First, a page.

Should Newlyweds Combine Their Car Insurance Policies?
Being in the newlywed phase is full of adventure and questions. You start to combine living quarters, your bank accounts, credit cards, and so much more. This begins to jog your memory of what you should do about your car insurance. Should you combine your policy with your partner or keep them separate? Today we are going to take a look at when you should and shouldn’t combine policies so you have a better idea of what you should do.
You’ll Save A Bundle Regardless
We want to start by sharing the simple fact that becoming hitched is actually enough in itself to lower your car insurance rates. But, how can this be? Car insurance companies base your monthly rates on what they believe your risk is of filing a claim. Those with a higher risk pay more than those with a lower risk.
When You Should Combine Policies
If both you and your partner both have good driving records and have not lapsed on your insurance, it’s likely combining policies will reward you with lower rates and more discounts. Keep in mind that any policy you get that has multiple vehicles on it will typically receive a multi-vehicle discount. If you really want to get creative with lowering your car insurance rates, you can always take advantage of bundling offers with renters or homeowner’s insurance.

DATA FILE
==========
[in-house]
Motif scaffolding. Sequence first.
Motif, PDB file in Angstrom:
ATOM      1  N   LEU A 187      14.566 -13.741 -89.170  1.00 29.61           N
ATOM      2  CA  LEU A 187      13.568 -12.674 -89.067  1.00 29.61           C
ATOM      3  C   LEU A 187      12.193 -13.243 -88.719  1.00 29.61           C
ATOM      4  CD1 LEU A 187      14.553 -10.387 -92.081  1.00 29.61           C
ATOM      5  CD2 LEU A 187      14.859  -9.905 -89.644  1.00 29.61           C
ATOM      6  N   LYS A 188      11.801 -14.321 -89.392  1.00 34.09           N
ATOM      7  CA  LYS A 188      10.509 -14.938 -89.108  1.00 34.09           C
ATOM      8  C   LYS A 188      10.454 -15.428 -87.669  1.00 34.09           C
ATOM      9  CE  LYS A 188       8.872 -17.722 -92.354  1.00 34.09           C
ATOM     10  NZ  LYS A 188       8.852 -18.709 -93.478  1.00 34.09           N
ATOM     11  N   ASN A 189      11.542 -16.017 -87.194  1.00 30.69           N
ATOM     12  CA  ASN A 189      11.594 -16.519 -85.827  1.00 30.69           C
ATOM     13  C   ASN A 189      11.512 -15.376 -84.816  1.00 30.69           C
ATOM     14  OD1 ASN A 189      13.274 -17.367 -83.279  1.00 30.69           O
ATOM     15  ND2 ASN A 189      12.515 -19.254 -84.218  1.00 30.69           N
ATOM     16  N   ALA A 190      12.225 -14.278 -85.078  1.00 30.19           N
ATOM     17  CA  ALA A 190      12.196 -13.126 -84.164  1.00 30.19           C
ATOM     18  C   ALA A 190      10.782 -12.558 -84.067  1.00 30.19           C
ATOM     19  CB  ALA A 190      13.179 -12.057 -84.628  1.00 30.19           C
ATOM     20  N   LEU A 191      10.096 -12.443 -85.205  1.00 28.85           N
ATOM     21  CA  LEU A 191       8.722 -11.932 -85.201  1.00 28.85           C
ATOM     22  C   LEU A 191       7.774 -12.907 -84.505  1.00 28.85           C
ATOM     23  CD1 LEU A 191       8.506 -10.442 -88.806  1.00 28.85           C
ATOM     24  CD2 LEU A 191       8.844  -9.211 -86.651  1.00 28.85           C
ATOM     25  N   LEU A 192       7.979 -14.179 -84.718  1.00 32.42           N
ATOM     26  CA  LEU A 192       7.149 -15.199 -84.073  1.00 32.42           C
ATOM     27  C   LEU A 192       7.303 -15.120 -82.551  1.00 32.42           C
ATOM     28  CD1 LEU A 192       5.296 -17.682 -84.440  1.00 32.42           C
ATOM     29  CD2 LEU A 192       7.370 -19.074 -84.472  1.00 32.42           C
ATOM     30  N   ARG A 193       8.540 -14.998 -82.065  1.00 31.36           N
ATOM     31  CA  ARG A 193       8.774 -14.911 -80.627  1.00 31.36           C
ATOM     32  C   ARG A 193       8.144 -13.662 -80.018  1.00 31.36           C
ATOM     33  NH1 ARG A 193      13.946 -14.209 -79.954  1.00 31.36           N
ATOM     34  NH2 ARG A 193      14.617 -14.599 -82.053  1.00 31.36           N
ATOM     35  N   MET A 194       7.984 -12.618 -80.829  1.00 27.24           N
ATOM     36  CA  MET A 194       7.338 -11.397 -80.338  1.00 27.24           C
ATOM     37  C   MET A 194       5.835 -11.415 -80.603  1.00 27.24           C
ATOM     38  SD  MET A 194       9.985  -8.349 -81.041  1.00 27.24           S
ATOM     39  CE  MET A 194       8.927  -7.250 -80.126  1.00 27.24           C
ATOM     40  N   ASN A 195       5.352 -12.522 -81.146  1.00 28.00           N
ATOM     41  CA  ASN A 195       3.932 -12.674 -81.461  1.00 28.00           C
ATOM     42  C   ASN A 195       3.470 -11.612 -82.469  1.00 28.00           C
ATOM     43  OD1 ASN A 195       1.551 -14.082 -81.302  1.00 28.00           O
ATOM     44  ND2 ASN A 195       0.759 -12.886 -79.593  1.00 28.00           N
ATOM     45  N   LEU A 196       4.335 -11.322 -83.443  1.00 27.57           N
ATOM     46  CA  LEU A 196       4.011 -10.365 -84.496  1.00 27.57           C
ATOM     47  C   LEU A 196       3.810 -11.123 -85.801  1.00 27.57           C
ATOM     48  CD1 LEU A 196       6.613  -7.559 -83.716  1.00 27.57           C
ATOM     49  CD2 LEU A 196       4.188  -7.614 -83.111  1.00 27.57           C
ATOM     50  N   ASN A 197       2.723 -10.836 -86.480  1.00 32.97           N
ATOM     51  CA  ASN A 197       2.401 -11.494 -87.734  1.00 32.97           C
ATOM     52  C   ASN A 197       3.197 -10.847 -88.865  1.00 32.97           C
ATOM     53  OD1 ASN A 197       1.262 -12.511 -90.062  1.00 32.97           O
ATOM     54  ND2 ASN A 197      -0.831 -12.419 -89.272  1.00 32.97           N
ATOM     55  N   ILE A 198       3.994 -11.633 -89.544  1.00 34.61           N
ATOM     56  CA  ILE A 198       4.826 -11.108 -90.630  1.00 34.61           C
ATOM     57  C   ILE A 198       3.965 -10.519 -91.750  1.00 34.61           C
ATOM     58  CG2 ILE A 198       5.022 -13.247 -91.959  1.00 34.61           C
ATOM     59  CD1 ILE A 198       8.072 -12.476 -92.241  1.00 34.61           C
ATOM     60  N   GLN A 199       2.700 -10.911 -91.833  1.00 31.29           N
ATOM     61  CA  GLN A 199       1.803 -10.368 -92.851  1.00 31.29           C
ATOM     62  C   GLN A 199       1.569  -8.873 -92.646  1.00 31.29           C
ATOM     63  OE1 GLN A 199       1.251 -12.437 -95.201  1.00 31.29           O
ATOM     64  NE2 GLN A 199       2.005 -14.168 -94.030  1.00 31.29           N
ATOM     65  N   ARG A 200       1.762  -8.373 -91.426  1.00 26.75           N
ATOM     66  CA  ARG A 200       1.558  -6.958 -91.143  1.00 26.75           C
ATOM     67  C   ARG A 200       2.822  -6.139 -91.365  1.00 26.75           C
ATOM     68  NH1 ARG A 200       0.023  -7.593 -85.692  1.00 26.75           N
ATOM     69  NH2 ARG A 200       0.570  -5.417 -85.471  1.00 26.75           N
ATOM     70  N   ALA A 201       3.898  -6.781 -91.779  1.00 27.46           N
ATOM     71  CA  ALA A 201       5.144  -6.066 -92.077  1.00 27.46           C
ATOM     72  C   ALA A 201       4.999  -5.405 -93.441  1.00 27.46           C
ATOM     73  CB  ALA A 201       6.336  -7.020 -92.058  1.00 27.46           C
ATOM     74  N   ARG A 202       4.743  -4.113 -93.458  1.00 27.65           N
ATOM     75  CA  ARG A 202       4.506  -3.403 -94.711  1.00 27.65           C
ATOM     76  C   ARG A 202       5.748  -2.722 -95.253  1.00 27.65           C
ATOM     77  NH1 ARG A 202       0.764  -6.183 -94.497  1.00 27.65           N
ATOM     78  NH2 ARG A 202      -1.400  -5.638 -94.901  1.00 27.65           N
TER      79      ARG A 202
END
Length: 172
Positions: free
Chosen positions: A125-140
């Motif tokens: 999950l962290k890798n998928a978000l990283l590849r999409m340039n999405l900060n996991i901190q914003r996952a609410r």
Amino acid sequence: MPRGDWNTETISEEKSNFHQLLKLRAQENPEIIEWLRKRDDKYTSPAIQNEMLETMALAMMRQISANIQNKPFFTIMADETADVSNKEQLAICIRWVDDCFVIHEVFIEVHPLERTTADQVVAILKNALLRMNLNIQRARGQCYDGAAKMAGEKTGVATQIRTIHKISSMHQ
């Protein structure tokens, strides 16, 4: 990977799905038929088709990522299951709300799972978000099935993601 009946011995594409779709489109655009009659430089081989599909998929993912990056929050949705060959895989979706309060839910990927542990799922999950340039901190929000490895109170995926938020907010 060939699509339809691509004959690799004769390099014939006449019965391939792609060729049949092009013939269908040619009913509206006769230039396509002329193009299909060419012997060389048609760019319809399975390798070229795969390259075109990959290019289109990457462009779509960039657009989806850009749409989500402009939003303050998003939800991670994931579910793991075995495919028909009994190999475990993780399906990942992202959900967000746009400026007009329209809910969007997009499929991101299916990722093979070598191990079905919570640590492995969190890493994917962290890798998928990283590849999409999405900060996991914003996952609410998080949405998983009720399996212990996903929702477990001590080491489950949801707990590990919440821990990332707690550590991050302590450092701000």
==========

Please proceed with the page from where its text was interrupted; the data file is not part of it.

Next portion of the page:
When You Should Avoid Combining Policies
If you or your partner are a high-risk driver, it could negatively affect the other. A poor driving record is a sure fire way to an increased insurance rate. Those who have multiple accident reports on their record are going to be harder to insurance as well. If you both have very different driving histories, you should probably stick to separate policies. Otherwise, the person with the clean driving record is going to end up paying a lot more than the person with a bad driving record.
You Can Always Do The Research
If you are still not sure whether you should combine car insurance policies with your partner, you can opt for researching rates. It’s usually easiest to talk to both of your insurance providers about adding the other spouse onto the existing policy. You should have ready the spouse’s vehicle information, driver’s license number, and existing policy. Be sure that when you get estimates you are comparing the same amount of coverage that the existing policy already has. You don’t want to settle for a lower car insurance rate that ends up providing less coverage than you need.